In another section, the report excludes “small operations” if they don’t have sufficient physical infrastructure, even if they do award a full degree on site. The example they give is of Exeter in Dubai, which operates its program out of a “small office” in contrast to the more extensive buildings and grounds that one presumes would make up an actual campus. Such a focus on physical space rather than on degree offerings is a significant change from previous reports. In addition, they include as IBCs institutions that only offer partial programs, and no degrees, while excluding branches offering only certificate and credential programs that do not reach degree-level status. Both factors are changes from the previous report.
Our point is not to criticize the definition advanced in this report, or even its application in particular cases--though the NUS-Yale decision is somewhat baffling. Rather, we think it is important to highlight the definitional problems associated with this nascent area of scholarly inquiry. And in full disclosure, the OBHE authors referenced our essay in International Higher Education on the difficulties of defining IBCs, where we argue for a more expansive view of the various types of foreign outposts operated by colleges and universities.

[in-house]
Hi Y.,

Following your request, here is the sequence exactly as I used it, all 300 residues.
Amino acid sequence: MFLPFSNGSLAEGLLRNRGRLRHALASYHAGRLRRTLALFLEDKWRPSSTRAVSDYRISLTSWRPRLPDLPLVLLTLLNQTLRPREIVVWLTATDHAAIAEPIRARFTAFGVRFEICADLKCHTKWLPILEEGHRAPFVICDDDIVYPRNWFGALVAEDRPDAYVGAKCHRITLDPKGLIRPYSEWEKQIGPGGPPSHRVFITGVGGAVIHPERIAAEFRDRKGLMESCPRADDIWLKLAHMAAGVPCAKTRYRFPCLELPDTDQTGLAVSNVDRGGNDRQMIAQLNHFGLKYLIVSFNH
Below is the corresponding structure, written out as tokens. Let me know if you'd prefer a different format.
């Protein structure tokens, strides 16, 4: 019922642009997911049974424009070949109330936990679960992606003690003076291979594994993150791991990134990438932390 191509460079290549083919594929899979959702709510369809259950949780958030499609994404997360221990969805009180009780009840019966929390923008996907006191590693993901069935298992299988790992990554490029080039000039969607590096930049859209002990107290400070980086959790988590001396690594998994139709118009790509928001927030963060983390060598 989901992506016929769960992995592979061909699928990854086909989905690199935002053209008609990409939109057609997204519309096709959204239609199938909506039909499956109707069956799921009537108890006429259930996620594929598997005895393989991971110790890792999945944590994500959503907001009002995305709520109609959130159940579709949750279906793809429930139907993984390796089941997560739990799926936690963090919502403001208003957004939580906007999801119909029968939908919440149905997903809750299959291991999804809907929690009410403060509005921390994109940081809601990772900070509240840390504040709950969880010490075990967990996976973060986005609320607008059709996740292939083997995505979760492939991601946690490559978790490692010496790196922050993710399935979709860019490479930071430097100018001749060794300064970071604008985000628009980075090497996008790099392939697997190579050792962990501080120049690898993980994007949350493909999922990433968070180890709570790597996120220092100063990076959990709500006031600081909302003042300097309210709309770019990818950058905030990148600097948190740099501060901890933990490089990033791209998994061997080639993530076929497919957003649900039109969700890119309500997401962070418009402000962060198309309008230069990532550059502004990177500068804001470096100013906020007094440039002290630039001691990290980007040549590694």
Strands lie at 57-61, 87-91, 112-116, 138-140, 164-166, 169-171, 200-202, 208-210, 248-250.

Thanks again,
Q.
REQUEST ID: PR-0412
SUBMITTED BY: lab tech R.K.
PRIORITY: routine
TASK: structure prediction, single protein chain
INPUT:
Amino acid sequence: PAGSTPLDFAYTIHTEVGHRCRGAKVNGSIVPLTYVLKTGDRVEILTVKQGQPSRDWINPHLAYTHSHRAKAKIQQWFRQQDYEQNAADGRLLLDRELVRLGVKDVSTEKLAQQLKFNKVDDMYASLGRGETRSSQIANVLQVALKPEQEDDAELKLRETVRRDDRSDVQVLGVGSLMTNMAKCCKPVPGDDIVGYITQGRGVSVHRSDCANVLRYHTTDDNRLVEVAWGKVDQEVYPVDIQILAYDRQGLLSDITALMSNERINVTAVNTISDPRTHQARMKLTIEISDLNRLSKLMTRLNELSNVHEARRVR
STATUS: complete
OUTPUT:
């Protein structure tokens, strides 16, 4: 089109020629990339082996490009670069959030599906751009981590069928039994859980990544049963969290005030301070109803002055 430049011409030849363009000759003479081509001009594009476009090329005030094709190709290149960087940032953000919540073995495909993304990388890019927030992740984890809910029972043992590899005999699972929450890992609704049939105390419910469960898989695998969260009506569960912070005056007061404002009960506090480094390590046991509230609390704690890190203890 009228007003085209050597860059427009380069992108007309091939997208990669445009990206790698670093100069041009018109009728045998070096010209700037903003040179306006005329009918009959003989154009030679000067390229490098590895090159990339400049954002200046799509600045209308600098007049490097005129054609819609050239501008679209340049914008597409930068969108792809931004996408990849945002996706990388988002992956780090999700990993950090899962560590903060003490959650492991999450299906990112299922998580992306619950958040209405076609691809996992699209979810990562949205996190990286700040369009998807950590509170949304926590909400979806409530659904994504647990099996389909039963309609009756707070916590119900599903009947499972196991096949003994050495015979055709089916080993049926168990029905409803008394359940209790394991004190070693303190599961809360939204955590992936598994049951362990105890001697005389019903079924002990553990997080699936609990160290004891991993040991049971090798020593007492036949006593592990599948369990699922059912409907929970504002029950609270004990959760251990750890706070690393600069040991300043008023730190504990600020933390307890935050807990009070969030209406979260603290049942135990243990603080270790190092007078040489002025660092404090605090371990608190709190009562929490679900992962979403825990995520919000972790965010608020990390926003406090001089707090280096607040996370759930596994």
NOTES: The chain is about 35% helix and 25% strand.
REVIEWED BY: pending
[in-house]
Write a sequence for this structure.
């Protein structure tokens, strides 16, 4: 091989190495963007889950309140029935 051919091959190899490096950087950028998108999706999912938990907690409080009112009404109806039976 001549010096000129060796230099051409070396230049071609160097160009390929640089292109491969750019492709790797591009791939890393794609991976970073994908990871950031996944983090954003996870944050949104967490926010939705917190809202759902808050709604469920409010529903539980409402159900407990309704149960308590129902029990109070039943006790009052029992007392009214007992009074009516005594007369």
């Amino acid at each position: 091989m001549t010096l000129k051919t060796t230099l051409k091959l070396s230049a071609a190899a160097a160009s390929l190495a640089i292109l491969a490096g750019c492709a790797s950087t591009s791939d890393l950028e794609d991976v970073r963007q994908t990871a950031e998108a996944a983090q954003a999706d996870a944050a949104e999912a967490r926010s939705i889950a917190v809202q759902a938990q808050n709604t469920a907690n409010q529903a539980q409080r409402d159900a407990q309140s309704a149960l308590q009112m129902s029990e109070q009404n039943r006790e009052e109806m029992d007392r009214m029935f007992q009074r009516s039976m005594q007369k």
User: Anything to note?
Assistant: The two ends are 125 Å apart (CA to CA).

What the OBHE report demonstrates is that overseas activity on the ground is not limited to the parameters established by scholarly definitions. From our perspective, IBCs are but one type of foreign outpost of multinational education enterprises. These outposts are a subset of transnational education activities, all of which are nested under the broad label of internationalization. These are not orthogonal classifications. Rather they reflect an attempt to understand the transformation of the university from an organization endemic to a particular geopolitical space, to one that embodies multiple forms of mobility: people, programs, and physical plant.
It’s not clear that a single definition can ever fully address all of the parameters of IBC activity without more or less questionable use of judgment calls as to what counts and what doesn’t. Though, continually broadening the definition risks covering up important operational nuances of the different types of overseas engagements. Of course working definitions are needed to operationalize research questions and consider policy implications. It is important, however, to document the murky boundaries away from the unambiguous center so that new models and innovative applications can be highlighted and studied.
It’s no secret just how messy the field is when trying to understand the IBC phenomenon (or other types of foreign educational outposts). Whether something is a “real” IBC, however, is less interesting than what function it serves in the host country and how it alters the existing educational landscape. We continue to keep our eyes open for new forms of foreign educational outposts wherever they may appear.